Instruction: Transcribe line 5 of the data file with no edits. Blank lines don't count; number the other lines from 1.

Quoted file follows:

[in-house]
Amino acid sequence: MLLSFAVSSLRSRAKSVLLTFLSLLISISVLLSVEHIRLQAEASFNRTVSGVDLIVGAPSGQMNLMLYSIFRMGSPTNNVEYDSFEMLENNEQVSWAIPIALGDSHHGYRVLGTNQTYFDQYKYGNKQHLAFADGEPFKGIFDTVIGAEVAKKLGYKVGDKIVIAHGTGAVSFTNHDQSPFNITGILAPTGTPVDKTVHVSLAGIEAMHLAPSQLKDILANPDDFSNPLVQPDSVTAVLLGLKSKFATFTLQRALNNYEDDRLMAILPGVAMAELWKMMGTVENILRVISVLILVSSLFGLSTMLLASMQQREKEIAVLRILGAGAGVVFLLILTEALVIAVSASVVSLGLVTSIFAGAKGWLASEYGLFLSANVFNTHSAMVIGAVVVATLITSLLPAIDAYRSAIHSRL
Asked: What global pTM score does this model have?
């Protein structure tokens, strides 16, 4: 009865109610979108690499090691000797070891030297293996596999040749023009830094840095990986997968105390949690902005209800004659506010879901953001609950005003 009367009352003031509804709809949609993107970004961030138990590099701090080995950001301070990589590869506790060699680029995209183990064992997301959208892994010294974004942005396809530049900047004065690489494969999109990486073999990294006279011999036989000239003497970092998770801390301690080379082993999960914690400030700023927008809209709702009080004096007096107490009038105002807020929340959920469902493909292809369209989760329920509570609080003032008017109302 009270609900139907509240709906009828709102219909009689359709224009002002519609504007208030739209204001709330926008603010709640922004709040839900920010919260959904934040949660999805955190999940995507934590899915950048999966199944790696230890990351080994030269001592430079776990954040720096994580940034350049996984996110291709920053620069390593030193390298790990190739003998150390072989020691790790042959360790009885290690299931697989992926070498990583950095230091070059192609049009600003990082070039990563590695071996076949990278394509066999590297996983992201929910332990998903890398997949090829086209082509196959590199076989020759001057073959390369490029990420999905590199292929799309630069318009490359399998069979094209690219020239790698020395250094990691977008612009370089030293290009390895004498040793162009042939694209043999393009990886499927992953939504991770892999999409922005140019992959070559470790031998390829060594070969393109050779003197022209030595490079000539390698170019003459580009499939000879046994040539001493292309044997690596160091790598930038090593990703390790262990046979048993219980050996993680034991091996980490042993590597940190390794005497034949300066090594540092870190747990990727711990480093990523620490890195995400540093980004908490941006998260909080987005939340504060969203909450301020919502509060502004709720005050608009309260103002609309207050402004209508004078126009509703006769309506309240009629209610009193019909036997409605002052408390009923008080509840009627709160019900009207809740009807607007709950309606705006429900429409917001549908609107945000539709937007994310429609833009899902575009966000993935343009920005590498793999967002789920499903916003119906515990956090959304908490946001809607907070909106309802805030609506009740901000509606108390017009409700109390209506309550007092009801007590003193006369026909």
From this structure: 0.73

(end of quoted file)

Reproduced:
From this structure: 0.73